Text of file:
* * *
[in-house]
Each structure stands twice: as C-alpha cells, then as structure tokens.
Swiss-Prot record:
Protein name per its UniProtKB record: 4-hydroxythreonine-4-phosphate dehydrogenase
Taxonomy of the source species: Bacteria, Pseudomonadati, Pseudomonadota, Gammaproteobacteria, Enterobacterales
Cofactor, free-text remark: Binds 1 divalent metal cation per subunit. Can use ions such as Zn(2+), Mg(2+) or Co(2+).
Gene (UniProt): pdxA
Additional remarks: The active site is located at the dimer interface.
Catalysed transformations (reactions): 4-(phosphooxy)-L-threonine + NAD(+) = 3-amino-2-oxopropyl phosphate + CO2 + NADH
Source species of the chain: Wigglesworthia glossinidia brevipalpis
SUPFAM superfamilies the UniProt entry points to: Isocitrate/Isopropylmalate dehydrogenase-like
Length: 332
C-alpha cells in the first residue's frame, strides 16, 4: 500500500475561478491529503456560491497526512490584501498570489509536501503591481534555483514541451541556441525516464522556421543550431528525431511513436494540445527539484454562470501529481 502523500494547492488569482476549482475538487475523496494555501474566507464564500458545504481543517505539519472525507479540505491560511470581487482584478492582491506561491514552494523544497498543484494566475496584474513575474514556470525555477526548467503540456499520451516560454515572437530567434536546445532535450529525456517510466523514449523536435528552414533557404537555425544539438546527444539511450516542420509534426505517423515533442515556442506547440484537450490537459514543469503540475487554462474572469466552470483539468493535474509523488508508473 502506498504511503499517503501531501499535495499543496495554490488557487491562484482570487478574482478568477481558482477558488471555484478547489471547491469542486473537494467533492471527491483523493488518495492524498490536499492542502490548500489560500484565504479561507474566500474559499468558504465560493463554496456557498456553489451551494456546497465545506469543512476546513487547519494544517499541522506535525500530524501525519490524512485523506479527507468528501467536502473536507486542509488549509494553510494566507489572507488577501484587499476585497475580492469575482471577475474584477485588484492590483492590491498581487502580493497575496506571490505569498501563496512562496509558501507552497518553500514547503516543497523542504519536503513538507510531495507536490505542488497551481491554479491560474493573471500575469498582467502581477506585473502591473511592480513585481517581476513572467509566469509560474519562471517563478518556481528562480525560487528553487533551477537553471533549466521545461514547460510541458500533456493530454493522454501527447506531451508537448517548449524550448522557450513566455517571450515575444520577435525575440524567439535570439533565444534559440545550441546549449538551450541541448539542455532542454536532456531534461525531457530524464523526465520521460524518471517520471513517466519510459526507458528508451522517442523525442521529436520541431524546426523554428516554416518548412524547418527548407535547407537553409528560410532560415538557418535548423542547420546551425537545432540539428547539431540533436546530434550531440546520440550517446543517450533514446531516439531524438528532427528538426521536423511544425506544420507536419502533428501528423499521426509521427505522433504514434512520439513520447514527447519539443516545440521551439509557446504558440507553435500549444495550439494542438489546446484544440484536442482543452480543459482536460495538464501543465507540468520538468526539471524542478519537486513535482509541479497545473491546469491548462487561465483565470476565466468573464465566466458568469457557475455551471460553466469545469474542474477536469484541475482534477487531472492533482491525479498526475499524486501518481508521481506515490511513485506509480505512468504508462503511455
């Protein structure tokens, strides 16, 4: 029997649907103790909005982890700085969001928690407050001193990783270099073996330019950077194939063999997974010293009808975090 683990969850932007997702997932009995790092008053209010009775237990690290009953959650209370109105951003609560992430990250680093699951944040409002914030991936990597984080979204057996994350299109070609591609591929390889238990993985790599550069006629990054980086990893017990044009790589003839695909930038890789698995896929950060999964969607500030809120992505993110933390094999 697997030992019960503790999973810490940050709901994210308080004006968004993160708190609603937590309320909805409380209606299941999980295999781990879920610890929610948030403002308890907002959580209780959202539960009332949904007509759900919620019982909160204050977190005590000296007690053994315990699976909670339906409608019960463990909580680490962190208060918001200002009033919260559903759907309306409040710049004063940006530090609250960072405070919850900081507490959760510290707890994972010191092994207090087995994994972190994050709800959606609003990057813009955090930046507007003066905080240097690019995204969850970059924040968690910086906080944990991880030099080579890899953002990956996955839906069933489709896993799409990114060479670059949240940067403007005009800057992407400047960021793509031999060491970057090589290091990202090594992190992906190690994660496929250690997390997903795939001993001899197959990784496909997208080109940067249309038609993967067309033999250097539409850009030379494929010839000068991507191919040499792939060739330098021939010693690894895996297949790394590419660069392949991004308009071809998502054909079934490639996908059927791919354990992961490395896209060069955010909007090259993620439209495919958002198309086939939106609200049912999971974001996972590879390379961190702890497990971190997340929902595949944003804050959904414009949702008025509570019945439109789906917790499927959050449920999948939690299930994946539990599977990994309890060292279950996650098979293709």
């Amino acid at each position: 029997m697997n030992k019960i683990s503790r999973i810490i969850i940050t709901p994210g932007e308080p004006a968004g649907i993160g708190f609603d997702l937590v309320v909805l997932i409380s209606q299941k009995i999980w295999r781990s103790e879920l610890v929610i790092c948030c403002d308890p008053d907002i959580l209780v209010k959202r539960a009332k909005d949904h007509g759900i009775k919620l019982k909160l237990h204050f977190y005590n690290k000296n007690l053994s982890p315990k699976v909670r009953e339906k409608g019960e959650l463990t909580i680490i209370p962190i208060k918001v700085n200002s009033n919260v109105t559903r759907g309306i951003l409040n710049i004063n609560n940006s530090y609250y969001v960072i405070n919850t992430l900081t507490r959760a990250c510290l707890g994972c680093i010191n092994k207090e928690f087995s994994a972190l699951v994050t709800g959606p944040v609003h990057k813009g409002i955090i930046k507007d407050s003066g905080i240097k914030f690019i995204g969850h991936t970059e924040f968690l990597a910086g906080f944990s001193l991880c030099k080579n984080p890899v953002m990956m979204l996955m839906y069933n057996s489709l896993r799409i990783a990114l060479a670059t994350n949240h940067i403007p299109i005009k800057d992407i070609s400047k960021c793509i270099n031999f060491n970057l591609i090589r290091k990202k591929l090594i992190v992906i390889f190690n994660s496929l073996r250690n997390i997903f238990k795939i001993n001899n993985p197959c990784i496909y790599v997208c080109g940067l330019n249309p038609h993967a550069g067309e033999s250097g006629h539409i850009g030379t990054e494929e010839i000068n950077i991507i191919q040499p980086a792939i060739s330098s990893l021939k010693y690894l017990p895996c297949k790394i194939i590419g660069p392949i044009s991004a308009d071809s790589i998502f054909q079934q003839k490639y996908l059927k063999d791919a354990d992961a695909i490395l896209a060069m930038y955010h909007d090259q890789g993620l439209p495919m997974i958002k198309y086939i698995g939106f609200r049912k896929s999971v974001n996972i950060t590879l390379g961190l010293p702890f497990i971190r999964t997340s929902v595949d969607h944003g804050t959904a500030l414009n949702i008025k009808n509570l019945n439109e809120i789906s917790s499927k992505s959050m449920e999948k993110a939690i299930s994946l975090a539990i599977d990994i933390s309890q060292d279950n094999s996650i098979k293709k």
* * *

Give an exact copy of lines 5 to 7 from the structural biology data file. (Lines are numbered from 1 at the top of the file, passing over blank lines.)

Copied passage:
Taxonomy of the source species: Bacteria, Pseudomonadati, Pseudomonadota, Gammaproteobacteria, Enterobacterales
Cofactor, free-text remark: Binds 1 divalent metal cation per subunit. Can use ions such as Zn(2+), Mg(2+) or Co(2+).
Gene (UniProt): pdxA